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Title:Gender performance and identity formation in A Portrait of the Artist as a Young Man
Author(s):Wegner, Taylor
Subject(s):James Joyce
Gender Inversion
Gender Identity
Performative Masculinity
Compulsory Heterosexuality
Homosocial Enactment
Narrative Modes
Identity Formation
Unconscious Mind
Abstract:James Joyce is noteworthy for his ability to elucidate different registers of consciousness through his characters. In A Portrait of the Artist as a Young Man (1916), Joyce does so through his semiautobiographical recounting of a young man’s efforts to realize his artistic potential. The interactions and disconnect between the novel’s narrative perspectives, specifically free indirect discourse and first-person narration, provide different, and oftentimes contradictory, information about the protagonist, Stephen Dedalus, and his developing sense of identity. While he receives, and in some ways accepts, a socially imposed male identity, glimpses into his occluded unconscious thoughts reveal his more natural inclinations toward female identification. The unconscious manifestations of socially gendered behaviors and thought patterns demonstrate the necessary fluidity of gender identity, as their presence renders the ability to consistently perform one end of the gender spectrum over another infeasible. This reality is grounded in the novel’s shift to first-person perspective at its conclusion, in which Stephen undergoes a partial, but inconsequential, reckoning with his conception of masculine performance. By illustrating how humans experience different registers of consciousness, A Portrait incites its readers to reevaluate their personal understandings of gender development and performance, while delegitimizing gender binaries as socially constructed fallacies.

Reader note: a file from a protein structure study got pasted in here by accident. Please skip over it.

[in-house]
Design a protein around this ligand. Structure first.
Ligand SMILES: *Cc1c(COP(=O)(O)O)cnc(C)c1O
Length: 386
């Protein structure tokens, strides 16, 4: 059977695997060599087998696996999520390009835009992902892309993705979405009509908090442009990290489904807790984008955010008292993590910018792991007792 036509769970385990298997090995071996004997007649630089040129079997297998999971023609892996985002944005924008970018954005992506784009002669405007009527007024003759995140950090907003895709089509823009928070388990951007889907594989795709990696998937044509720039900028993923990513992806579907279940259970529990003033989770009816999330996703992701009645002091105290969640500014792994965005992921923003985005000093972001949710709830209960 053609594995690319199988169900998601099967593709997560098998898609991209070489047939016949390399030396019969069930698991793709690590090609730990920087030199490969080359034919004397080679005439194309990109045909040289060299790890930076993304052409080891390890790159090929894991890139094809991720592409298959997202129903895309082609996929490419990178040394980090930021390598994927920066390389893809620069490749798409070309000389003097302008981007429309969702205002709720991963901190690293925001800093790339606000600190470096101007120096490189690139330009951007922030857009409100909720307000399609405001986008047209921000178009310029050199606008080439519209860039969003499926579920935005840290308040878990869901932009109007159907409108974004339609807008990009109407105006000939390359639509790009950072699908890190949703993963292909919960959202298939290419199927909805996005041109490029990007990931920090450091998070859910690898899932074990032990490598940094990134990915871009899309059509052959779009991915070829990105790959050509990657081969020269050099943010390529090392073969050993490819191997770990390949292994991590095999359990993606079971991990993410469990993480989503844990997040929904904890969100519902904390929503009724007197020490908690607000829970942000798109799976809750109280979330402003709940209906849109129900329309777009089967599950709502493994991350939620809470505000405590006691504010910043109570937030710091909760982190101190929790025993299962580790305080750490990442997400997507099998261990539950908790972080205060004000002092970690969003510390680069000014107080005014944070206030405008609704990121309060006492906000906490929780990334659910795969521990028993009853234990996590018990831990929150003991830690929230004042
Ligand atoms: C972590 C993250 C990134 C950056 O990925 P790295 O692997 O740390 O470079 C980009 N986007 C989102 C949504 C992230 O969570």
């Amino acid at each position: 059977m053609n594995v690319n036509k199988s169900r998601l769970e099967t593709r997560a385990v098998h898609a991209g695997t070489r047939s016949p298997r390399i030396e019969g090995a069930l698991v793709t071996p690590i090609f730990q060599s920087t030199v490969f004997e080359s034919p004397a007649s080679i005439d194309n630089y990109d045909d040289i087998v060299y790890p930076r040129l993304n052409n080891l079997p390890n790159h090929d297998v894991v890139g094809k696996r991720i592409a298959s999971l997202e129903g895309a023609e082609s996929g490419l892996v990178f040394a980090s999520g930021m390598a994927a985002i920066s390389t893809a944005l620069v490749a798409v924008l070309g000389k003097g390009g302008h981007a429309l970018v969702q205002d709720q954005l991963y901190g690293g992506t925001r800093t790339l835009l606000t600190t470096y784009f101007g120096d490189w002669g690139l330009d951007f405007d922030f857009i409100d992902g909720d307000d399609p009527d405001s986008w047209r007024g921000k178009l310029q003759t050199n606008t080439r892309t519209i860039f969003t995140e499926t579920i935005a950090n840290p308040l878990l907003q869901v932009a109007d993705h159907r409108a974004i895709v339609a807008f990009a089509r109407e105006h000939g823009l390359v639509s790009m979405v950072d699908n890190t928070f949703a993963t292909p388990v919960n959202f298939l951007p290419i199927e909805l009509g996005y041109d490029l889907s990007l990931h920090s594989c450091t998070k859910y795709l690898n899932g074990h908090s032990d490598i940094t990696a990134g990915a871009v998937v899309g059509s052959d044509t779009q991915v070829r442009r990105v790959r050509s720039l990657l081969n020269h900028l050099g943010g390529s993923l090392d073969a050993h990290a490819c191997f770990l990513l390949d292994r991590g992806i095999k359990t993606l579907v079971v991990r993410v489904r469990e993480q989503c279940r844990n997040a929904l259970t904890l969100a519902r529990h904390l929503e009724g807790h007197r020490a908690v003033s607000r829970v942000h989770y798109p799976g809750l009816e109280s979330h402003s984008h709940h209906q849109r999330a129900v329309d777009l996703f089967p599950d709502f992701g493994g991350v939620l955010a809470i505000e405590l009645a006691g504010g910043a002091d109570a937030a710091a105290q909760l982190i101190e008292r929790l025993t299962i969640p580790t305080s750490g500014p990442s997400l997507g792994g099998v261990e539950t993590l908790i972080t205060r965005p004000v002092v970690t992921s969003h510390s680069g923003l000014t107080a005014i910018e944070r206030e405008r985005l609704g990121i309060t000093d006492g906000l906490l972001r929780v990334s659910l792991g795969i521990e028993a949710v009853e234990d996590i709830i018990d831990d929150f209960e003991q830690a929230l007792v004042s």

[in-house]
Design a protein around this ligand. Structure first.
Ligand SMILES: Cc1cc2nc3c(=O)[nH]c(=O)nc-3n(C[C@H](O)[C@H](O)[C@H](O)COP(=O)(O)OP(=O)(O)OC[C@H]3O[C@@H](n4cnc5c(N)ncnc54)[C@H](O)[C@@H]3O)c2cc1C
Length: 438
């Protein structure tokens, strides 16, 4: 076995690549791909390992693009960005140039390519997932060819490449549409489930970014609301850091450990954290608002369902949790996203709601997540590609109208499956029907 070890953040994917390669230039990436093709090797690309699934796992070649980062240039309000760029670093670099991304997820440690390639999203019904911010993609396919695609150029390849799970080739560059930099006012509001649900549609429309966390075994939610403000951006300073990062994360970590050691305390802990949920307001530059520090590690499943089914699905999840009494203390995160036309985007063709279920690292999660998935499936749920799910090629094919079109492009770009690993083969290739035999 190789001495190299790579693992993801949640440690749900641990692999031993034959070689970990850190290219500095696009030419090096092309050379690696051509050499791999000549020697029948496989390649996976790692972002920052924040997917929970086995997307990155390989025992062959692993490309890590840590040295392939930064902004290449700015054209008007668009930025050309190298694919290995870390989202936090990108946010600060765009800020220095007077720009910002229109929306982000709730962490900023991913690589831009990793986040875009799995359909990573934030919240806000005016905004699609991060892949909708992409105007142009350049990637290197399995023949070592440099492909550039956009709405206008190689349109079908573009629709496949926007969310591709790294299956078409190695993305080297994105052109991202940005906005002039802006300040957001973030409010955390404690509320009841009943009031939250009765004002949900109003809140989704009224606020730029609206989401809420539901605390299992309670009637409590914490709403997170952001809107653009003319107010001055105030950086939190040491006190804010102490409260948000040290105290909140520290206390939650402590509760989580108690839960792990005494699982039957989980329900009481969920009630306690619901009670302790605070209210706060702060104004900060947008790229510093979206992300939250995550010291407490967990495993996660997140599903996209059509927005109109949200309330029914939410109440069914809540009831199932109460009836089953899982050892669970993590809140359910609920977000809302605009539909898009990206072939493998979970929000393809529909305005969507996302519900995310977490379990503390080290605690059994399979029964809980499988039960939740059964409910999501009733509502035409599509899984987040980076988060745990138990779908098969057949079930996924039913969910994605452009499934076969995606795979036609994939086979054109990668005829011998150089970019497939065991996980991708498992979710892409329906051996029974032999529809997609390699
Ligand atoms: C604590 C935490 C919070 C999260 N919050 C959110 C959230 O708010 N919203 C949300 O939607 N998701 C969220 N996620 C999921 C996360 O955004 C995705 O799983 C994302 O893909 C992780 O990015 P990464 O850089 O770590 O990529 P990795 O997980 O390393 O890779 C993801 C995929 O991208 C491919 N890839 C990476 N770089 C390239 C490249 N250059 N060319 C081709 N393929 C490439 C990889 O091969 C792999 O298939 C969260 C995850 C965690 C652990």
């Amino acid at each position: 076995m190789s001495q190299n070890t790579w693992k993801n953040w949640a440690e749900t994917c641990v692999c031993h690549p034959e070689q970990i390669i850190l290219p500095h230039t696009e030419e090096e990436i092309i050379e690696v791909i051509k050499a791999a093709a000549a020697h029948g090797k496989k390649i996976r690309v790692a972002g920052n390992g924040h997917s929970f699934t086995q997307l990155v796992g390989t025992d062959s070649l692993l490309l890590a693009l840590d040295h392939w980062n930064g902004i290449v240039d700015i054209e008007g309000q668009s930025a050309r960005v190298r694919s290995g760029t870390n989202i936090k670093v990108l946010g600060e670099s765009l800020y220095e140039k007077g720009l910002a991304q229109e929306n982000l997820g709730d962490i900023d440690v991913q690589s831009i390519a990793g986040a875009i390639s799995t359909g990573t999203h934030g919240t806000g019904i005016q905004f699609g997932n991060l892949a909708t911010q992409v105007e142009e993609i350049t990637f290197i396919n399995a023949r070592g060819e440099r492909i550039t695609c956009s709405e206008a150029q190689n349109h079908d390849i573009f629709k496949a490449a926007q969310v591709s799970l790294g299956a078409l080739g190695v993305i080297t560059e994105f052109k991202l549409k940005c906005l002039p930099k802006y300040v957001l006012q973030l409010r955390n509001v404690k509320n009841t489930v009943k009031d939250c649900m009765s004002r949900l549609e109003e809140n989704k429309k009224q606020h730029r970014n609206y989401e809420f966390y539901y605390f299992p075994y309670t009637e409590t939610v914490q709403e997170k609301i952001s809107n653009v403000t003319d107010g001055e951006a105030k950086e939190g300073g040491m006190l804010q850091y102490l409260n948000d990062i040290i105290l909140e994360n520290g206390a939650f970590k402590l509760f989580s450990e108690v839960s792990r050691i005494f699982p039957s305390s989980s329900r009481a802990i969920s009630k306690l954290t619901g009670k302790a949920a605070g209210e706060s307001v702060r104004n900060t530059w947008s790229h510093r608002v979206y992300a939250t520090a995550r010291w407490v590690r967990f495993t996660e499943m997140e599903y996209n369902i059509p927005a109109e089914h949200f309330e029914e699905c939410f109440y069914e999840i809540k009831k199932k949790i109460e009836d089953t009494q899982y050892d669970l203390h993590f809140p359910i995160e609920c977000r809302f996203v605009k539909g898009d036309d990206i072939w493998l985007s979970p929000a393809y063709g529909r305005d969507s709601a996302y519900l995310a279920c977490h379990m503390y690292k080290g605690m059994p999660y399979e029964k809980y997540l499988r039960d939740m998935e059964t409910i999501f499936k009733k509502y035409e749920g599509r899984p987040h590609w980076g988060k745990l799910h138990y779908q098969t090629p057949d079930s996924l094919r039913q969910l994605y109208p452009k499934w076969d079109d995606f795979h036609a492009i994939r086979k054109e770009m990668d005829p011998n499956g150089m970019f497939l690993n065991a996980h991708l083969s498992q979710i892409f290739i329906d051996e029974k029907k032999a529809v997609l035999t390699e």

Issue Date:2018-05-03
Publisher:University Library
Rights Information:Copyright 2018 Taylor Wegner
Date Available in IDEALS:2019-05-06

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